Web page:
Level 10 World Record

Does anyone know what the ascendation to level 10 world record is?

I’d love to help, Aaron dear, but first you’ll need to tell me what you mean by “ascendation”, as that’s a word I’ve never heard before, and I was unable to find it in the dictionary.


Off the top of my head, I think it’s in the region of two years.
I can’t remember any names at the moment but I’m sure someone will be along to give more detail.

I’m willing to bet someone has done it faster. I’ve been riding for just a year now without a ton of practice time and I’m at 7. Although I’ve never been officially tested so I suppose it isn’t valid.

I suppose you are correct. Being able to do all the individual moves is different from being able to string them all together returning to pedaling every time in front of a judge.

Hopefully someone from the Twin Cities Unicycle Club will jump on this thread with the authoritative response, since it appears from this post that all nine of the official Level 10 riders are from TCUC. And this post suggests that the youngest Level 10 rider was just nine years old when he passed, although it doesn’t say how long it took him to accomplish that feat.

I’ll put my money on Smiley (Ryan Woessner) :smiley:

Does that mean there are only 9 level 10 riders in the world :thinking:

Yes, that is correct. That does not mean there are only 9 people who can do all the skills on level 10 though. Remember to pass level 10 you have to passed ALL previous 9 levels in order.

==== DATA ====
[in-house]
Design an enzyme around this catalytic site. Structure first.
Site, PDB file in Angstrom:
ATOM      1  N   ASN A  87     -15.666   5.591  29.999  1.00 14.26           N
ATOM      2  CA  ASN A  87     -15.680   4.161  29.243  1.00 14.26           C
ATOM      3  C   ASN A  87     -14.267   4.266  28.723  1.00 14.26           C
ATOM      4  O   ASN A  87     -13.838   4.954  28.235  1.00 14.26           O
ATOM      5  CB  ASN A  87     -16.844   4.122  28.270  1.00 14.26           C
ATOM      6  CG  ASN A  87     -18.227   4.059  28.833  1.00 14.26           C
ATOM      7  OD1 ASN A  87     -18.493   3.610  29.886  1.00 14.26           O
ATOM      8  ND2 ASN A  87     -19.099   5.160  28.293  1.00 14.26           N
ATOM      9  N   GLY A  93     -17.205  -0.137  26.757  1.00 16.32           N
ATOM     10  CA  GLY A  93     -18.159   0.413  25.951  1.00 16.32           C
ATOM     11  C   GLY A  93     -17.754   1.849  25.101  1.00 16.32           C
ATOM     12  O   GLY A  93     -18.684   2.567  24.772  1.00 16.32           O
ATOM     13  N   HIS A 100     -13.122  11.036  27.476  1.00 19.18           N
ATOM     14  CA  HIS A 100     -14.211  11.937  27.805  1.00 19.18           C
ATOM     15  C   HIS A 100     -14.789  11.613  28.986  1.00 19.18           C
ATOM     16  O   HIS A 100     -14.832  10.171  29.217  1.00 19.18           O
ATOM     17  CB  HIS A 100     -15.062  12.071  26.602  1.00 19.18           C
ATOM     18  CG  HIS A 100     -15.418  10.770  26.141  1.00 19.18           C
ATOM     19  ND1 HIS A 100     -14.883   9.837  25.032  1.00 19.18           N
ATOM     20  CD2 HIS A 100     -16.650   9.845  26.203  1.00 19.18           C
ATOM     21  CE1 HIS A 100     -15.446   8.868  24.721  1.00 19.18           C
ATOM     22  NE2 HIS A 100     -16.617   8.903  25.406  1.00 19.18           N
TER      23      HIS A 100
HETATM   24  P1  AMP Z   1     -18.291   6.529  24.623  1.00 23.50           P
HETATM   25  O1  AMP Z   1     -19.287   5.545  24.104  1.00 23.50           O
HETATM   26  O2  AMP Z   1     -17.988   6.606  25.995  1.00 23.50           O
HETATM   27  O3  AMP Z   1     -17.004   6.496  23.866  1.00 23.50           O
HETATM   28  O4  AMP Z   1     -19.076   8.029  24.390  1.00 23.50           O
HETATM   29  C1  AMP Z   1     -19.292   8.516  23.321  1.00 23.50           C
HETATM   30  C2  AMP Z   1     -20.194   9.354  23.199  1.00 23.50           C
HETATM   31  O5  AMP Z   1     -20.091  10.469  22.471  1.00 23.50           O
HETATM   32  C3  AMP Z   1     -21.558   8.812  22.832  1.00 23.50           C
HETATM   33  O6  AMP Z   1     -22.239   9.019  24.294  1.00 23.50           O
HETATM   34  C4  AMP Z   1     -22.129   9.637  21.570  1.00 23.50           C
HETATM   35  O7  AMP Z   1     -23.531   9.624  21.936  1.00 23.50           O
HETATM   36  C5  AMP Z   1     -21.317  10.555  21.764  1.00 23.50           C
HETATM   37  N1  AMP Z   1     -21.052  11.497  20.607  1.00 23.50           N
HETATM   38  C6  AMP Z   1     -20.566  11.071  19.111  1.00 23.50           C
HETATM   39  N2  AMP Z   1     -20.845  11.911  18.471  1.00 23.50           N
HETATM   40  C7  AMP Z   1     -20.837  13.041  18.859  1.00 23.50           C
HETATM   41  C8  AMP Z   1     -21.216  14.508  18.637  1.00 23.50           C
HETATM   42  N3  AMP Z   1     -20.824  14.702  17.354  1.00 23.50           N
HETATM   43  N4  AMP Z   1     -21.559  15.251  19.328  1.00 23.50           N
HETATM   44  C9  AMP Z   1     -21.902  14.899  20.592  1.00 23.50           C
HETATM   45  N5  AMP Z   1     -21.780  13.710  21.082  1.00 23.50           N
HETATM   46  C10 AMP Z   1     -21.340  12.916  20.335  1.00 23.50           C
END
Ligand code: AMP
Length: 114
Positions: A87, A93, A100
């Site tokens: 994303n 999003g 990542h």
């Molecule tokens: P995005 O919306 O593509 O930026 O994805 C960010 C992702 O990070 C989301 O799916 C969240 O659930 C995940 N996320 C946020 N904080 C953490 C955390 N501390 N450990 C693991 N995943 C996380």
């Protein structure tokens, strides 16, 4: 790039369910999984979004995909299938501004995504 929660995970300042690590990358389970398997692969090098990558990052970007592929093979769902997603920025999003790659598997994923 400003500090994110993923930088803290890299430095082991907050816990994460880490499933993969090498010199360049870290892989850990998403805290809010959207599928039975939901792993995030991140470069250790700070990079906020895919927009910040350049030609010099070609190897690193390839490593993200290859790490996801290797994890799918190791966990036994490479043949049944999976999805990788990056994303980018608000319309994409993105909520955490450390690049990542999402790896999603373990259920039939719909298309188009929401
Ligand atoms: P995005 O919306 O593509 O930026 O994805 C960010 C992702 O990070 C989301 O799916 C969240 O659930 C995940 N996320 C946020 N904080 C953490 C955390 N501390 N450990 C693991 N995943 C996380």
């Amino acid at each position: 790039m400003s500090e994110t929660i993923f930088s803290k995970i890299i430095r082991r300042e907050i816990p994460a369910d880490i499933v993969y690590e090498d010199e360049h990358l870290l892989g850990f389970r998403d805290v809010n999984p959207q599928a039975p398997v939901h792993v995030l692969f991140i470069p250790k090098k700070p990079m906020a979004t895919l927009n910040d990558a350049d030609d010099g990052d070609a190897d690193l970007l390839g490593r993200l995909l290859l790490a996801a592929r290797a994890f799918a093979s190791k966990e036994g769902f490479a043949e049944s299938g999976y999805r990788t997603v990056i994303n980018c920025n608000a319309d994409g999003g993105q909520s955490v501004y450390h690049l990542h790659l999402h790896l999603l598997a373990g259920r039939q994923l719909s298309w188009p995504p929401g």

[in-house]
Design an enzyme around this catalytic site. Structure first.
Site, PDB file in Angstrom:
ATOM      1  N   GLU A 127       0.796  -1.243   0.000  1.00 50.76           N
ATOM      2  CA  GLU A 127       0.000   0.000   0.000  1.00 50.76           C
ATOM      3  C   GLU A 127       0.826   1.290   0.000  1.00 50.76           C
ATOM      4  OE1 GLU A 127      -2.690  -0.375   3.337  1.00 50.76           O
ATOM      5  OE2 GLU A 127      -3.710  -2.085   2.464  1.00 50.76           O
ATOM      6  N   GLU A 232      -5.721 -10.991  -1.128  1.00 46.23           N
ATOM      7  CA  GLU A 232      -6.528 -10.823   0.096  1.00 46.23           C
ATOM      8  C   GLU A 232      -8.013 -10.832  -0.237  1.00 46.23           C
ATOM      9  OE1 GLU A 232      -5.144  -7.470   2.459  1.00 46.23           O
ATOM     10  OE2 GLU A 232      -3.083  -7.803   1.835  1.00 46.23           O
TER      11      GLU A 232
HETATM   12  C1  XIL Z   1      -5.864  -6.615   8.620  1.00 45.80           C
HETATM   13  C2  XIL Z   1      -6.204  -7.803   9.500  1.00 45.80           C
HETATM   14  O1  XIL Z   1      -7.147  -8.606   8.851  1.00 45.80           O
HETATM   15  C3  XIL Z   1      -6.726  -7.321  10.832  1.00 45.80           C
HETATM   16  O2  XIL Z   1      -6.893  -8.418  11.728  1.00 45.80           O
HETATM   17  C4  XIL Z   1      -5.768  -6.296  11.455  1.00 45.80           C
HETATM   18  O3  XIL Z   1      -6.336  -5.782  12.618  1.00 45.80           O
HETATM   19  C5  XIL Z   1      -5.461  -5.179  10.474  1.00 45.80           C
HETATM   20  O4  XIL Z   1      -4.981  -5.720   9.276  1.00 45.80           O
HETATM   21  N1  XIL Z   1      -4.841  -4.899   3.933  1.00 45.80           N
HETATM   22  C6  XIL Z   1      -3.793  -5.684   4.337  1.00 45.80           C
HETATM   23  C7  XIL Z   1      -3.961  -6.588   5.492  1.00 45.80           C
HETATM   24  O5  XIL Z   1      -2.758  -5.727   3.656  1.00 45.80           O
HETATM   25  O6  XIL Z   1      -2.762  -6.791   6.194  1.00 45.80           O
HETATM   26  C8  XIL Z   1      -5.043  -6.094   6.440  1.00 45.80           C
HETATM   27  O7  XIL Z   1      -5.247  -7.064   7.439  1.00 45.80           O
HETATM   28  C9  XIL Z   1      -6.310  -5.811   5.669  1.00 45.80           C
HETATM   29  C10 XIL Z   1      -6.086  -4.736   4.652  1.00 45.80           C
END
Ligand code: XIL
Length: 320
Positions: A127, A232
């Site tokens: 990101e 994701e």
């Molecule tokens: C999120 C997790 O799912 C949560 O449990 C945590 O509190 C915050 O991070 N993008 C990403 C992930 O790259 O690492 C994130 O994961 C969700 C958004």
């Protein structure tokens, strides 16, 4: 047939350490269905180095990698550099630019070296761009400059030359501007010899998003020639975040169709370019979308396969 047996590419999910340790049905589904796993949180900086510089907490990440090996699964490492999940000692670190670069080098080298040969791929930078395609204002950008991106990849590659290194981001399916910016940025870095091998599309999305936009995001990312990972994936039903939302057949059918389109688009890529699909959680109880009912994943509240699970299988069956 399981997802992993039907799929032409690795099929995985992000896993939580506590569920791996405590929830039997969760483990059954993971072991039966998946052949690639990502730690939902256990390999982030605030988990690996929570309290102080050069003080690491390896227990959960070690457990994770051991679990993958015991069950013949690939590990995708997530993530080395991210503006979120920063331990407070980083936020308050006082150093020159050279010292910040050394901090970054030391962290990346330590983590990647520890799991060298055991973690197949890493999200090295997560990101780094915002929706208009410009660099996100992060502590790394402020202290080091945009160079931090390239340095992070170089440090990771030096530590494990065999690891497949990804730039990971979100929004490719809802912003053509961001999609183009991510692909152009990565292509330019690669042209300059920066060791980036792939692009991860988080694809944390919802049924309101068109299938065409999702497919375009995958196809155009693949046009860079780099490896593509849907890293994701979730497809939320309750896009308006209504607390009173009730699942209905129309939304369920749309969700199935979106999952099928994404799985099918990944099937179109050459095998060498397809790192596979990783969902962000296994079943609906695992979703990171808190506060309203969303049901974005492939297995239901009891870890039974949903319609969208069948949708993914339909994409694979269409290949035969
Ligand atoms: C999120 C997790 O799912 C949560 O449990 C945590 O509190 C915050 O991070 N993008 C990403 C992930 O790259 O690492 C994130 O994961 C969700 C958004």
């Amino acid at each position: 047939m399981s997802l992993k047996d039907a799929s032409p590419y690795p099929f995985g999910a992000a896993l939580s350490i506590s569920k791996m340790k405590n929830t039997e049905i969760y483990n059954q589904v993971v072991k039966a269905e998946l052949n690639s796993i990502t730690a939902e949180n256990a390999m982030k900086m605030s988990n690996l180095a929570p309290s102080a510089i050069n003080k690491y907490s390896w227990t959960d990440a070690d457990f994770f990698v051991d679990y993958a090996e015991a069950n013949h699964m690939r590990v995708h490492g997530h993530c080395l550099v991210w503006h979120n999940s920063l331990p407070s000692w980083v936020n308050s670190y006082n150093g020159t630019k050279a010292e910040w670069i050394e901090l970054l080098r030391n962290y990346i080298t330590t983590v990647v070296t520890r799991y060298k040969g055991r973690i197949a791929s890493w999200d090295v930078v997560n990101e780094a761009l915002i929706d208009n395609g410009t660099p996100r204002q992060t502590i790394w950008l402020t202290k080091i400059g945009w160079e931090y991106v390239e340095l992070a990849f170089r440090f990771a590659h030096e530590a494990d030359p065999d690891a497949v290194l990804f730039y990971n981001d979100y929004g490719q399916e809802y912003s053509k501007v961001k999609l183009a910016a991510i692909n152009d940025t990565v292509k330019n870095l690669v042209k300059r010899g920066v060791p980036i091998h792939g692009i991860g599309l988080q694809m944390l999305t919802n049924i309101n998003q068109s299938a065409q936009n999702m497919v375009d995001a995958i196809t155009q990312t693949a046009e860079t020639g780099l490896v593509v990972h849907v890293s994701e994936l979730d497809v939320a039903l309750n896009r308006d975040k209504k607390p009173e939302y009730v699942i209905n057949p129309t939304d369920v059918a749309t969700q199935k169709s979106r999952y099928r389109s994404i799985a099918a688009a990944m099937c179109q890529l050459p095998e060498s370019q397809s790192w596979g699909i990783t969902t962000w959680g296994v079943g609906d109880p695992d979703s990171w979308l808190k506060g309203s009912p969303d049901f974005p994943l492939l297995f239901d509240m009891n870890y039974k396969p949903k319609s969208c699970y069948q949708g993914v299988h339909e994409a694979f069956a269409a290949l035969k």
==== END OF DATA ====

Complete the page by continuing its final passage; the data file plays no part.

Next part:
For example, hand wheel walk is a difficult skill on level 8 that many people simply don’t bother learn. It can literally be a pain to learn, especially if you are a guy. You may be able to do everything on level 9 and 10, but if you can’t do hand wheel walk, you can’t pass level 8 and hence will be stuck as an official level 7. Also some people have never go around to testing.

Note that level 8 is a significant hurdle. There are far, far more level 7 riders than level 8s. There are some very difficult skills in level 9 and 10 as well. Have a go at one foot backwards wheel walk - I can pull off a number of level 10 skills and feel like others are possible given time but that one is still well beyond my grasp.

I believe Ryan has the record for the fastest progression to level 10.

JC wins the bet.

Ryan Woessner went from getting on a unicycle in early December, 1999 to passing Level 10 on Nov 13, 2001.

Spencer Johnson (who passed Level 10 at age 9) learned to unicycle when he was 4 or 5 years old.


I believe Christian Hoverath who is from germany has also level 10. Or does that count for TCUC because he do it there?

the hardest thing about the skills levels is not the individual skills, suprisingly none of them are actually too daunting, given the practise. However the prospect of doing EVERY single one with no mistakes is an impressive feat in anyone’s books. To be able to do level 10 tricks confidently is what really seperates those who “think they could do the levels” and those very few people who have actually achieved level 10. I mean anyone can ride one footed, coast 2 metres and fall off, but it takes a skilled rider to coast with no doubts in mind.